Christ Church 87 years ago—Hard Times

Pastoral letter, January 1933

My dear friends,

Our country has weathered the storm of the past year in a remarkable way. In spite of the industrial depression and the general crippling of material resources, Britain has remained calm and confident. We thank God tor this, and even though most of our great international problems are still bristling with difficulties we can face the New Year with courage and hope. Of course, the Church must feel the strain of this financial crisis, but already we may see one encouraging sign emerging from the present conditions, and that is an increasing sense of responsibility among the general rank and file of Church people in the matter of giving. Some of them are beginning to realize in a new way that even their little gifts, amounting, perhaps, to less than 1/- a week, when given regularly and methodically, may go a long way towards keeping the normal work of the Church free from debt. It is to this spirit of loyal co-operation that I attribute the fact that we in Christ Church have been able to balance our budget for 1932 and to finish the year in a better position than we could ever have dared to expect 12 months ago.

The Unemployed

Negotiations are still in progress with a view to providing a permanent home for the “Welcome Club” for local unemployed. It is hoped that some definite decision will be reached soon. Lectures are being arranged fortnightly on various subjects, a gymnasium has been opened three times a week in the Christ Church Institute under the capable instruction of Mr. Sims—this is greatly appreciated by some of the younger men—and a canteen will be opened and other activities started as soon as satisfactory premises are secured, allowing room for development.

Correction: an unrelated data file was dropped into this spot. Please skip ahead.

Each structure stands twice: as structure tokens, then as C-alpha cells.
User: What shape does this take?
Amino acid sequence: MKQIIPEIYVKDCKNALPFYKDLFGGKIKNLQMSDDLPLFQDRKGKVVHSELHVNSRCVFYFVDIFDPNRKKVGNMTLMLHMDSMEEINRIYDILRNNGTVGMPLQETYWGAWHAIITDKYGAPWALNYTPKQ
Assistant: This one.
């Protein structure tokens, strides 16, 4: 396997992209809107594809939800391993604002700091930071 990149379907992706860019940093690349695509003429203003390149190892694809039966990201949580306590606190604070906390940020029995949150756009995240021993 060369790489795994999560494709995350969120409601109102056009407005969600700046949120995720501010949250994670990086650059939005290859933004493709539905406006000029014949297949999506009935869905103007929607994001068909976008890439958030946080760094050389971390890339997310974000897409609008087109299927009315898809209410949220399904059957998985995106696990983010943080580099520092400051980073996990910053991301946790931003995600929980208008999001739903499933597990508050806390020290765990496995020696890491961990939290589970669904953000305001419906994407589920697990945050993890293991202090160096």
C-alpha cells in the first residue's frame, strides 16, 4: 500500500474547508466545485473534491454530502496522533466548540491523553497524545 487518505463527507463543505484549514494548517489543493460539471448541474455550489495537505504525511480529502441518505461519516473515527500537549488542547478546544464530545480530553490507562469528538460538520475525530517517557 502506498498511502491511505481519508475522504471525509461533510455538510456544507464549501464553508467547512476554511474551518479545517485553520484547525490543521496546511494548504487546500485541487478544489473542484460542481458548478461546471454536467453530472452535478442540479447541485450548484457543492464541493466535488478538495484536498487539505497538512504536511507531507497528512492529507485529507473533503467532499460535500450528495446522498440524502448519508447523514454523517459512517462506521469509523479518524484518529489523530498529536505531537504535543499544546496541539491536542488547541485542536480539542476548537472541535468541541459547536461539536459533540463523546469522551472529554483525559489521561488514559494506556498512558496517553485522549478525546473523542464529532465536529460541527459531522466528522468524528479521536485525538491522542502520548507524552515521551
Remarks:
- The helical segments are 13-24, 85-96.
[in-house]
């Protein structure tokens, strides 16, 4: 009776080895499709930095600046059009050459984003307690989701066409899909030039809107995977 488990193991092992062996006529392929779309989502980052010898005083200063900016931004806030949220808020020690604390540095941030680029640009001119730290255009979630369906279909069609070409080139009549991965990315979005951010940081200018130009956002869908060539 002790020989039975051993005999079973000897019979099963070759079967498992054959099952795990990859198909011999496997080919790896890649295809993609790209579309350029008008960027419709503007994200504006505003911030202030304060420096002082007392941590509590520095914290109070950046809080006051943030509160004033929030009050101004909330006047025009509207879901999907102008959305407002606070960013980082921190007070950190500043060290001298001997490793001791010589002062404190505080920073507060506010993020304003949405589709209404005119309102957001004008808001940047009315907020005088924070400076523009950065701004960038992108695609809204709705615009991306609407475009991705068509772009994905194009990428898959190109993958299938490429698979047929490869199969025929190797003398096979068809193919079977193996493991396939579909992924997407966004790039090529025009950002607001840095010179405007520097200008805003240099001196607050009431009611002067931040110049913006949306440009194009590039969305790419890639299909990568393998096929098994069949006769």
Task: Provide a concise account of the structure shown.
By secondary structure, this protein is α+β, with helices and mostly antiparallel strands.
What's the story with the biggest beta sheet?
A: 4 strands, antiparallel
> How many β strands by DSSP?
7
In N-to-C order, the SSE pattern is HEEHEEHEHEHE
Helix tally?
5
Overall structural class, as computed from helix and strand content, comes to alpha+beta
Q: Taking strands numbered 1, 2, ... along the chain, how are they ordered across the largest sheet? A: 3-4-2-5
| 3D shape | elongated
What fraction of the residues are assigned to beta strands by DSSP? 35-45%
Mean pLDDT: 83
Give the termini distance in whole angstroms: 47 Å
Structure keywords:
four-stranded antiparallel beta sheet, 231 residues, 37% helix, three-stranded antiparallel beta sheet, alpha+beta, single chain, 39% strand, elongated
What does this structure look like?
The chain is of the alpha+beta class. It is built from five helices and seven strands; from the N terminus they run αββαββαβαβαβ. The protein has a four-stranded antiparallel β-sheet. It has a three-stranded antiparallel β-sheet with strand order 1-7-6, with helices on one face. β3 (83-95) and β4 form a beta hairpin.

The Organ

Some excitement was caused by the failure of the Organ on Sunday night, December 4th, when considerable damage was caused in the Blowing Chamber by a short circuit in the dynamo. The accident appears to have been one for which no blame can be attached to anyone and the whole expense will probably be met by the Insurance which covers such contingencies.